Topics range from Belly Dancing, Aromatherapy, Learning to play the Native American Flute, Prana Yoga Teacher Training, How to Communicate with Difficult People, Myofascial Trigger Point Therapy and hundreds more. From massage to spirituality to eastern medicine to psychology they cover a wide breadth of topics loosely under the holistic health and wellness category. They also have a shop that carries an eclectic selection of books, world music, cards and aromatherapy products.

The Open Center is located in Soho at 83 Spring Street (but next month they are moving uptown to 22 East 30th street). To attended a free introductory seminar pre-register by calling 212.219.2527 x 2.

Thursday, May 21, 2009

Talking Dirty


With "Art Museums" showcasing toilets as sculpture and elephant poop as art you'd think you could just throw some dirt in a room and call yourself an artist. Wait, (shocking) that has already been done here in NYC. Actually twice. In fact - even stranger - twice on Wooster street, to be exact.

Yesterday while strolling through west Soho, I visited two, totally separate, galleries that were each a large room full of dirt. The Earth Room at 141 Wooster street fills the entire second floor with about a yard deep of dark rich earth, or 280,000 pounds of it. The gallery has a wonderful mossy earthy smell, much like the smell of old houses in the East in the humid summer months. I have to say that it was an interesting and usual site - quite a weird juxtaposition of an urban Soho loft with the expanse of natural earth unnaturally filling the space. The dirt is very dark, soft and fertile looking. Apparently they mist the dirt and rake over it several times a week to keep it in shape. The Earth Room opened and has not been altered since 1977, and so I wondered, quite practically, if the floor of the loft has decomposed at all? I also wondered if gallery viewers are ever tempted to throw a handful of seeds across the art? One also inevitably thinks about what a large and beautiful Soho apartment this would be sans the dirt.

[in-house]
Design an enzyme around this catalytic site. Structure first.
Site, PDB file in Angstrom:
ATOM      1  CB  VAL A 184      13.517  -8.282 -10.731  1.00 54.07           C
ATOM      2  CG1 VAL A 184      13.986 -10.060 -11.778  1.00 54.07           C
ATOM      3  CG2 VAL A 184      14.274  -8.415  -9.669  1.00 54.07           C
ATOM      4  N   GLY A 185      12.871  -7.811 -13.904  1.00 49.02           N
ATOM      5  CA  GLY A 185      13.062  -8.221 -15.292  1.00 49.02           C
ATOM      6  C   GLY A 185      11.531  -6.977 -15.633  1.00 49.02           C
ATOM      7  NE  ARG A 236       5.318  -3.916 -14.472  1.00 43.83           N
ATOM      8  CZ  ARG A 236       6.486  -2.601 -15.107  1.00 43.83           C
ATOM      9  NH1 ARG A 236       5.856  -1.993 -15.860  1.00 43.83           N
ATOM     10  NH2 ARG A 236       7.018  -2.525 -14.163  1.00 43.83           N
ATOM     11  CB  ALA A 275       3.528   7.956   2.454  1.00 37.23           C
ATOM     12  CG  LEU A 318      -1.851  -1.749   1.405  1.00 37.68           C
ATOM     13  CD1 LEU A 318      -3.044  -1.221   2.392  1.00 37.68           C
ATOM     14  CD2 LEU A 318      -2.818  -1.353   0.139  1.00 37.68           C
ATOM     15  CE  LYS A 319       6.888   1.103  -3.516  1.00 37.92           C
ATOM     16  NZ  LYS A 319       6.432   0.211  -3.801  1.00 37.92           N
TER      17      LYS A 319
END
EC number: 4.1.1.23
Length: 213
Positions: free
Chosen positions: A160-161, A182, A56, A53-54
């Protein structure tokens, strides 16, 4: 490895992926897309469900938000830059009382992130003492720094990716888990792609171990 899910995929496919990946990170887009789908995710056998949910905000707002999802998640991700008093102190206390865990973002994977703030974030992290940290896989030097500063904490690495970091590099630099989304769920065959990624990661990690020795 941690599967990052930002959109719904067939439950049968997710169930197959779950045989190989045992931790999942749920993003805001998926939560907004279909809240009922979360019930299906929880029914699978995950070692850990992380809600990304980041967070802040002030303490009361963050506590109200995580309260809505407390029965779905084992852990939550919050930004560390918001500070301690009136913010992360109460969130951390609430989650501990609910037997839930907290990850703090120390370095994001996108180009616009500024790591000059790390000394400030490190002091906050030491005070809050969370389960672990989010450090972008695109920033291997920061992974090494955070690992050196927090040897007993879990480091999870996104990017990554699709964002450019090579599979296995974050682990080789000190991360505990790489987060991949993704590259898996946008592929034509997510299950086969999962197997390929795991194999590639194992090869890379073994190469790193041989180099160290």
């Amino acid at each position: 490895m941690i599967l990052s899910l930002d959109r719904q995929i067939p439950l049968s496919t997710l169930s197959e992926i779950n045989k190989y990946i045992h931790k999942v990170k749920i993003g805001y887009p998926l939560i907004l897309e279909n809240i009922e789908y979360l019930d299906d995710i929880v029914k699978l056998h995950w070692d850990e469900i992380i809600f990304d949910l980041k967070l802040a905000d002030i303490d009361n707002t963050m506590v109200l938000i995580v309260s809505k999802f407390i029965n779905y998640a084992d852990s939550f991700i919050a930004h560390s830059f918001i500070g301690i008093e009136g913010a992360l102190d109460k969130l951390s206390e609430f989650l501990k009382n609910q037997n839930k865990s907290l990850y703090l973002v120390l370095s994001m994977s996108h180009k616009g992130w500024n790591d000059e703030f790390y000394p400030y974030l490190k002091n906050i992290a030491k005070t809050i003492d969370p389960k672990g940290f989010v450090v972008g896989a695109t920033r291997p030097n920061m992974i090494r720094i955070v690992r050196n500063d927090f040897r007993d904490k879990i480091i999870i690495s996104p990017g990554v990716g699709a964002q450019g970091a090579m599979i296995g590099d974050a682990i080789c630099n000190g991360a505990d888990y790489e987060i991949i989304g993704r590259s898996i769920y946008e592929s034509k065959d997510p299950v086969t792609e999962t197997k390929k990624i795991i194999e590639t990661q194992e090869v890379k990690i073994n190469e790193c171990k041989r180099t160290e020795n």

The second stop on Wooster street was the Peter Blum Gallery, just south of the Patagonia store. The one-room gallery simply holds one large slab of concrete leaning against the wall, with mounds of dry reddish looking dirt piled against the concrete. This dirt is entirely different, instead of looking rich and agricultural it had the feeling of dirt dug up at a construction site and left to bake dry in the sun. The interesting thing about this exhibit is its theatrics of presentation: You can walk under the exhibit to the back side to see how it is constructed. Like a theater set, the "concrete" slab is a hollow prop. The "mounds" of dirt aren't really mounds, but instead just a thin layer of dirt spread across a hollow hill of wire mesh and canvas.